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Arlington Heights, IL divorce attorney parenting plan

If you are a parent who is planning to divorce in Illinois, you may already be thinking about how you and your spouse will share child-related responsibilities. As part of the divorce process, you will be asked to describe the allocation of parental responsibilities and parenting time in your “parenting plan” and submit this plan to the court. If the court approves of the plan, the plan becomes a part of the legally enforceable divorce decree. Illinois law lists the issues that must be addressed in a parenting plan, but these are only the minimum requirements. You and your child’s other parent have the option of including additional agreements in the plan as well.

Planning in Advance to Prevent Future Conflict

Most parents have different beliefs, ideas, and strategies when it comes to raising their children. These differences can develop into arguments and legal disputes after divorce. One of the best ways to prevent conflict regarding child custody issues is to create a detailed parenting plan describing each parent’s responsibilities and expectations. The more you agree upon during the creation of the parenting plan, the fewer issues you will need to sort out in the future.

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Lombard, IL divorce attorney parenting time

A divorce can not only change the lives of you and your spouse, it can affect your whole family dynamic. Your children will have to adjust to living in two different households, and the nature of your relationship with them may change, especially if you will not be spending as much time with them as you used to. However, your relationship does not have to deteriorate, especially if you continue to make an effort to foster love, trust, communication, and quality time with your children. Working with your co-parent can also help your children feel more at ease during this major life transition. 

How to Keep a Close Bond With Your Children

As you and your children acclimate to life after your divorce, here are some things to keep in mind that can help you maintain a strong relationship:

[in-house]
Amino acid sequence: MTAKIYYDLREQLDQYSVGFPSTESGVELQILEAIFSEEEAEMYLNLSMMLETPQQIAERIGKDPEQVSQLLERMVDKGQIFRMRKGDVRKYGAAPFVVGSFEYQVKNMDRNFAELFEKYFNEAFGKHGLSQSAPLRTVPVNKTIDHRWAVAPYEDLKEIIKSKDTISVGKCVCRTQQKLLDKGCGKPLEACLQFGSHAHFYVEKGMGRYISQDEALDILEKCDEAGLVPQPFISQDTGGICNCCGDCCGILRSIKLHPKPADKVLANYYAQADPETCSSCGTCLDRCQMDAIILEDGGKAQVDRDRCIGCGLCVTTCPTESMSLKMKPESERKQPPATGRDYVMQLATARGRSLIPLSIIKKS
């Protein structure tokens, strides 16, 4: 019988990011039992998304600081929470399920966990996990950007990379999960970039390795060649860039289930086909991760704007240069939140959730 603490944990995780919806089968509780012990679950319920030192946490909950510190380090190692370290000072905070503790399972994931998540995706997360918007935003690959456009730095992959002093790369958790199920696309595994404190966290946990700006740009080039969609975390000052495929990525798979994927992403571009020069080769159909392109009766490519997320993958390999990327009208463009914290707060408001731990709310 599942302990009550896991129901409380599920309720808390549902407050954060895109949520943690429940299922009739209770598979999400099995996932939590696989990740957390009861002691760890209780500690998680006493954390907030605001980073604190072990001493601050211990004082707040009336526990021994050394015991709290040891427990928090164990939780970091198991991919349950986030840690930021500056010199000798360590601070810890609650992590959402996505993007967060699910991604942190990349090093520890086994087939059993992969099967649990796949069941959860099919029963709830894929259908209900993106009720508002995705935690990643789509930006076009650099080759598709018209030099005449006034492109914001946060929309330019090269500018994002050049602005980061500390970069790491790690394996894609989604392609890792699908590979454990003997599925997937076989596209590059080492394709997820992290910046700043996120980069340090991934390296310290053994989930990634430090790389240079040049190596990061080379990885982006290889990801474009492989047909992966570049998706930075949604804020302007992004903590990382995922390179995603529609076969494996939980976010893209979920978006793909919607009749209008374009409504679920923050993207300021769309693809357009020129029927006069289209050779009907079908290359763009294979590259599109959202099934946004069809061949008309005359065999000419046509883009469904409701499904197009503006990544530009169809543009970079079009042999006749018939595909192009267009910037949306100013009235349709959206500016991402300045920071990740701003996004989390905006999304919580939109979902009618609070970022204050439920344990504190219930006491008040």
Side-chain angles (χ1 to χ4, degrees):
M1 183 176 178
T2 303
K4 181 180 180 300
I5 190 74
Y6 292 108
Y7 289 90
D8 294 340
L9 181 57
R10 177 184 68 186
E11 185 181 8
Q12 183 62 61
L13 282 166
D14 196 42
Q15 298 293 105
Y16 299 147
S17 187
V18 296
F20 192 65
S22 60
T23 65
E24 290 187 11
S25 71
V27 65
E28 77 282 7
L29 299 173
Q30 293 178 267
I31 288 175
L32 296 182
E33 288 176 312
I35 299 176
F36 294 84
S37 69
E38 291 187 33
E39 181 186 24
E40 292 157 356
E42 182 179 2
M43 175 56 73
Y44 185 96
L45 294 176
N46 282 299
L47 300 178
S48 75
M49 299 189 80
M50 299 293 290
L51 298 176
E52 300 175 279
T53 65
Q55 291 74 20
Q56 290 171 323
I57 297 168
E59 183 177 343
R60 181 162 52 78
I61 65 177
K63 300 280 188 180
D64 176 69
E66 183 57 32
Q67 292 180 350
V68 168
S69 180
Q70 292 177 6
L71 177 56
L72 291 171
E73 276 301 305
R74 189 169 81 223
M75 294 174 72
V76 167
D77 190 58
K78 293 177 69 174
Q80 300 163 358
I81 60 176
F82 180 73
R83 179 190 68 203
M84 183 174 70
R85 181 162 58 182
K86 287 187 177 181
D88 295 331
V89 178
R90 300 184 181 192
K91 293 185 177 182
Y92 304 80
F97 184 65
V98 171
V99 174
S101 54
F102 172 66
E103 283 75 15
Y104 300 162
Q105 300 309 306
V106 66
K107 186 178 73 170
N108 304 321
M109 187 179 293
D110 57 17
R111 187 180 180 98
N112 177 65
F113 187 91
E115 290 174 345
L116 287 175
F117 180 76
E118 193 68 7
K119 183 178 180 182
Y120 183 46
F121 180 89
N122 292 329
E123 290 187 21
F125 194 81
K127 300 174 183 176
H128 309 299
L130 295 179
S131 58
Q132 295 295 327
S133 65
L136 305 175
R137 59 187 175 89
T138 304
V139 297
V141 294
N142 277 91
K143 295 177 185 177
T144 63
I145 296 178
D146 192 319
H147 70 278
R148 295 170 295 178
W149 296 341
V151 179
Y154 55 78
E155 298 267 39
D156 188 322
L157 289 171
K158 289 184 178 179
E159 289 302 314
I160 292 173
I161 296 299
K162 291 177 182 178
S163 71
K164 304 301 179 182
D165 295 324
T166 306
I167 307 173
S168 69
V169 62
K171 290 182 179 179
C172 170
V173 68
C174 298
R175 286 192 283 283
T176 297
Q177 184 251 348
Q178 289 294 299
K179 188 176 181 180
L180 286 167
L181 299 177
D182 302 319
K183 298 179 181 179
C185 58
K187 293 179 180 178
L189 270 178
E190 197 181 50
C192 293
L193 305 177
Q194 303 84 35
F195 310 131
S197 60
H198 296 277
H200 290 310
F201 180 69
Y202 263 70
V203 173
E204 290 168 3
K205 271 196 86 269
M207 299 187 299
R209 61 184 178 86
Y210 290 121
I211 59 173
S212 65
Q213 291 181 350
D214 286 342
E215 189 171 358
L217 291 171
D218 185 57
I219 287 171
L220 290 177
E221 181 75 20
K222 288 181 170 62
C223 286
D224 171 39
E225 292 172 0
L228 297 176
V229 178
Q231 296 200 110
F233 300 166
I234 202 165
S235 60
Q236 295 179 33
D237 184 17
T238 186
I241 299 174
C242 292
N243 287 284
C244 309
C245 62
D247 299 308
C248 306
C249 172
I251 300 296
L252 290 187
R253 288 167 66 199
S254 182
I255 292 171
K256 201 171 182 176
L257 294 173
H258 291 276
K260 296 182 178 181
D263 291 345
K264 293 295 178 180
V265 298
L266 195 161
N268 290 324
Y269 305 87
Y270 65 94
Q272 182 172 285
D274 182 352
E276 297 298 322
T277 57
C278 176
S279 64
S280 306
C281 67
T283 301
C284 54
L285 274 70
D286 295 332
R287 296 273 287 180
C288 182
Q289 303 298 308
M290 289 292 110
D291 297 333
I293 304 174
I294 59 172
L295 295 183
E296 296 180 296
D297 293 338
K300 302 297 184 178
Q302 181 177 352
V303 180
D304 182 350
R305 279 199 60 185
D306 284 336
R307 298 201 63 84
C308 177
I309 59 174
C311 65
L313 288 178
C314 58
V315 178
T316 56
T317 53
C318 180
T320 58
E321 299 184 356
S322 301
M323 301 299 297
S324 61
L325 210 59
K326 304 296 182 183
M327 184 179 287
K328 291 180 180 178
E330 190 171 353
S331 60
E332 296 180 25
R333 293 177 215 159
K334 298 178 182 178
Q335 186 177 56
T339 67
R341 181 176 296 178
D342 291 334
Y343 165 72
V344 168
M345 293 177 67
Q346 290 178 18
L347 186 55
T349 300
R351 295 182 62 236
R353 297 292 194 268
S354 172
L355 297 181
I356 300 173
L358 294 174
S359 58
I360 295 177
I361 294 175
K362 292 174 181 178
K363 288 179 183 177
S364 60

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Lombard family law attorneyAmerica is a nation built on second chances. Consider, for a moment, the number of high-profile incidents or embarrassments involving celebrities or public figures, and how many have gone on to even greater success and fame afterward. For many, love and marriage is not terribly different. Despite a failed first marriage, more couples than ever are willing to walk down the aisle again in the hopes of finding the permanent happiness that has, so far, eluded them. Remarriage, however, can be extremely challenging, as many couples beginning second or third marriages are bringing with them children from previous relationships. Finding the right balance between parent and friend is often difficult for new stepparents, but there are some things you should keep in mind to make the transition a little more comfortable for everyone involved.

Be Prepared

As you fell in love with your new spouse, you knew that he or she already had children. Thus, the process of becoming a healthy blended family probably began long before thoughts of marriage ever crossed your mind. During the dating process, it can be very easy to try to ignore your partner’s children and the potential impact on your relationship, but doing so is not very conducive to a future together. It is important, however, to start slow and not to impose yourself on an existing family dynamic in such a way that will be overly upsetting. Understand that you will probably feel like something of an outsider for a little while, because, in reality, that is just what you are. Over time, though, you will probably feel more included and more a part of the family than you ever thought possible.